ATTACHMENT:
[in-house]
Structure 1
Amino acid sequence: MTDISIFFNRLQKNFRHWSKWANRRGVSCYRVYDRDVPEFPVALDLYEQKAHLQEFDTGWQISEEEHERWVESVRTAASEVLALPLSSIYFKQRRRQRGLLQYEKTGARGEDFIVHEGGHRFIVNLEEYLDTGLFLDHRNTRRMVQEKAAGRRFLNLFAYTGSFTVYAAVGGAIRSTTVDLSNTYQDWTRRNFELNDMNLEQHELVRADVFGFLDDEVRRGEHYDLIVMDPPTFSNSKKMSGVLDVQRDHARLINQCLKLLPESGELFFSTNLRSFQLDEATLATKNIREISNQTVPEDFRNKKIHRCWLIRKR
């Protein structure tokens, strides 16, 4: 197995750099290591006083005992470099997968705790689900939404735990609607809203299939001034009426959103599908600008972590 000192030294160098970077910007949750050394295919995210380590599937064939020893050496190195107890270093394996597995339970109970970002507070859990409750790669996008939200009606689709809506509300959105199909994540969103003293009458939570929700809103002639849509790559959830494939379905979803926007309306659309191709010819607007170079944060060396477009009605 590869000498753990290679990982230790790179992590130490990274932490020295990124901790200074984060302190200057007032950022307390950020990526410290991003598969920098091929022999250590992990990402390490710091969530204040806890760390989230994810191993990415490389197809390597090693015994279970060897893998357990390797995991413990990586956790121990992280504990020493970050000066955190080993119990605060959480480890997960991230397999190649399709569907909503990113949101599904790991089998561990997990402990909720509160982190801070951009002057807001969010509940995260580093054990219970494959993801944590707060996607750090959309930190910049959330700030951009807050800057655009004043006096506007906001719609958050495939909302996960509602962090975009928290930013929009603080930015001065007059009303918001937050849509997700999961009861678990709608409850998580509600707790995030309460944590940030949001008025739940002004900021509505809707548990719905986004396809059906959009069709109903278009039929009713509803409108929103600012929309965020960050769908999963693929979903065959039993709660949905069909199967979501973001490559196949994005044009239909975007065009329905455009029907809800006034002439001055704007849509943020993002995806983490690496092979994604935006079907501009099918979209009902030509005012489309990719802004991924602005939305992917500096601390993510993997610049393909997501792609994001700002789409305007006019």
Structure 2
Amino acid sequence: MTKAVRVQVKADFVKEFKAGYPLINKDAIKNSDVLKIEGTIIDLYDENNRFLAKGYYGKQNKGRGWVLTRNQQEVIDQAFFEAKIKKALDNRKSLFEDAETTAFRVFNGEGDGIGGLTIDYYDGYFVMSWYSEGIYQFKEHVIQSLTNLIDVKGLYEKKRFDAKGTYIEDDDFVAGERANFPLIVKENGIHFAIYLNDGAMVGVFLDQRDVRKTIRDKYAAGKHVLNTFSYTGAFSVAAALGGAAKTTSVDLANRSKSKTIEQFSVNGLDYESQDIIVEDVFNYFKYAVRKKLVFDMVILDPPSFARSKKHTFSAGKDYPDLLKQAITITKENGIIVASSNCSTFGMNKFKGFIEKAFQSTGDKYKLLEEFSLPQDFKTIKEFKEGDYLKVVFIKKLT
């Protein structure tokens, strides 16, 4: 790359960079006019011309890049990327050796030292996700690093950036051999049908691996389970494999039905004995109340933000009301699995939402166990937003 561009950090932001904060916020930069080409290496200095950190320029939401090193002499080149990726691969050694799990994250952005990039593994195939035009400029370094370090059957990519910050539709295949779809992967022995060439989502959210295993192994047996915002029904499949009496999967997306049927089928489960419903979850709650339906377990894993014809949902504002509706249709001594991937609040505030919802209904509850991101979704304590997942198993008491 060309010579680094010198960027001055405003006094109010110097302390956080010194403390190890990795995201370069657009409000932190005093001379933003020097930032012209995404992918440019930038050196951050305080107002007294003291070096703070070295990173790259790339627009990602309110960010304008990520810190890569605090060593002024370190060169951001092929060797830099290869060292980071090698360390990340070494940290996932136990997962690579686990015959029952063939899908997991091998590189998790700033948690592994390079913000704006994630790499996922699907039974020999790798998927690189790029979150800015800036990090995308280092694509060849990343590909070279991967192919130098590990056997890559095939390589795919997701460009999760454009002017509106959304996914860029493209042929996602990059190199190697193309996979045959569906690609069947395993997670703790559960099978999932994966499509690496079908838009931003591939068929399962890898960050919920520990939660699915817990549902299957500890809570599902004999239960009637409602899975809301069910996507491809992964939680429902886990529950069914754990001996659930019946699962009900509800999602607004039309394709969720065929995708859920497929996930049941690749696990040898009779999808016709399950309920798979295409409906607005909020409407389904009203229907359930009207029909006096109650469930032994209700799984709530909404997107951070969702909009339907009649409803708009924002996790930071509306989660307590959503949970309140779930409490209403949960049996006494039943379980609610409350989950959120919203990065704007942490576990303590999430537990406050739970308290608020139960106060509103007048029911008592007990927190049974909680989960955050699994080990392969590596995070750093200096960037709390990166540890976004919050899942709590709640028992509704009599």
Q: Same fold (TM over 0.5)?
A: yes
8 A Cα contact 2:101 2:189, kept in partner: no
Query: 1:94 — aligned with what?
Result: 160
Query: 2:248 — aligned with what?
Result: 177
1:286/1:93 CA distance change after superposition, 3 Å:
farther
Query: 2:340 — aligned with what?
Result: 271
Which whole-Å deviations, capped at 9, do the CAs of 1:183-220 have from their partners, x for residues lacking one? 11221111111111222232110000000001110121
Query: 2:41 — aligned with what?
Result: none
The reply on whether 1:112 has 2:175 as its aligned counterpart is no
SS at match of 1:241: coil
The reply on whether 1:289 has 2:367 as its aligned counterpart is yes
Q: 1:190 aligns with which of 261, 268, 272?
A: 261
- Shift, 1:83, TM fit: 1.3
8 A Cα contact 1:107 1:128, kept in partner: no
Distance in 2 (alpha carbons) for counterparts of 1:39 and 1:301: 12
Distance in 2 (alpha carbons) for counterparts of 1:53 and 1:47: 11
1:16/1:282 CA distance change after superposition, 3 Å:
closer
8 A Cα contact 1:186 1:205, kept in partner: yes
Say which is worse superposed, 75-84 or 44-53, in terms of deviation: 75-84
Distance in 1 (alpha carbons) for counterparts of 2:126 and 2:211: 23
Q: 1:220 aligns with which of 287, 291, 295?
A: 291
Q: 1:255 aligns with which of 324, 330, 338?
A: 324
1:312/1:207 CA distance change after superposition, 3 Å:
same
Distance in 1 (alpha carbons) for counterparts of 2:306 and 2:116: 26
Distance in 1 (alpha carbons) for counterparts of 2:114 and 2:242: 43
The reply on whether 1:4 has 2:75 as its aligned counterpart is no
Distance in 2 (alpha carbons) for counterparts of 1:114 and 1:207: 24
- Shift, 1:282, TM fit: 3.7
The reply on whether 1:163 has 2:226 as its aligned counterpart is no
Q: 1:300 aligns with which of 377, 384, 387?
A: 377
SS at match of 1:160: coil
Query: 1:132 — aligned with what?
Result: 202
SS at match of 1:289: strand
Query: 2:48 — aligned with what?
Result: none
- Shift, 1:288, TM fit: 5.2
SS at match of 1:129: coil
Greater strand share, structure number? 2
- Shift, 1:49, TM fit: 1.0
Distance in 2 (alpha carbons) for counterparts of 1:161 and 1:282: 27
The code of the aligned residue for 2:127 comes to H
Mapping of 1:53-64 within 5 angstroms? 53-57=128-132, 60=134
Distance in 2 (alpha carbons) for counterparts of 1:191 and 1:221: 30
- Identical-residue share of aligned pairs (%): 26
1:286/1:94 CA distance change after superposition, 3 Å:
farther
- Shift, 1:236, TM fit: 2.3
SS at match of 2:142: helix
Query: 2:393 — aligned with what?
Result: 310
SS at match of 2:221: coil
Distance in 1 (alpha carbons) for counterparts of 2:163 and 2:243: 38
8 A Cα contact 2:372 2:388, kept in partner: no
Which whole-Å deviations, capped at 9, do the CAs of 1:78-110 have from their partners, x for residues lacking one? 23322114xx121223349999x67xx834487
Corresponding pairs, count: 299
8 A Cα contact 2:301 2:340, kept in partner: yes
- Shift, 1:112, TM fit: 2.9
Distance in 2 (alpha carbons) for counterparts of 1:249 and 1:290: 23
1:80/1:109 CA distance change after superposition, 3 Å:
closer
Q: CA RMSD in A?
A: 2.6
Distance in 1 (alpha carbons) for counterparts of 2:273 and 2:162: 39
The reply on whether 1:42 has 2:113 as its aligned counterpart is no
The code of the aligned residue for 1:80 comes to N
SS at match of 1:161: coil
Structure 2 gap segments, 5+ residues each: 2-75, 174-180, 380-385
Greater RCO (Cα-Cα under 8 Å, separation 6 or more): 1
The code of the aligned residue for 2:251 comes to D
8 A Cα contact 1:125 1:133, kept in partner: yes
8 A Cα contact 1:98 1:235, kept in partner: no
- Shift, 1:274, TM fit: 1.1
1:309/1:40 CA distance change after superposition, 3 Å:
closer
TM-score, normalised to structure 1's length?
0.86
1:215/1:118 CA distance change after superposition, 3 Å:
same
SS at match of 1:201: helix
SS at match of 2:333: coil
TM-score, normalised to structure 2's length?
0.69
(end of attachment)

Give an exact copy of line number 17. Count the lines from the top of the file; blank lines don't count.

Query: 2:340 — aligned with what?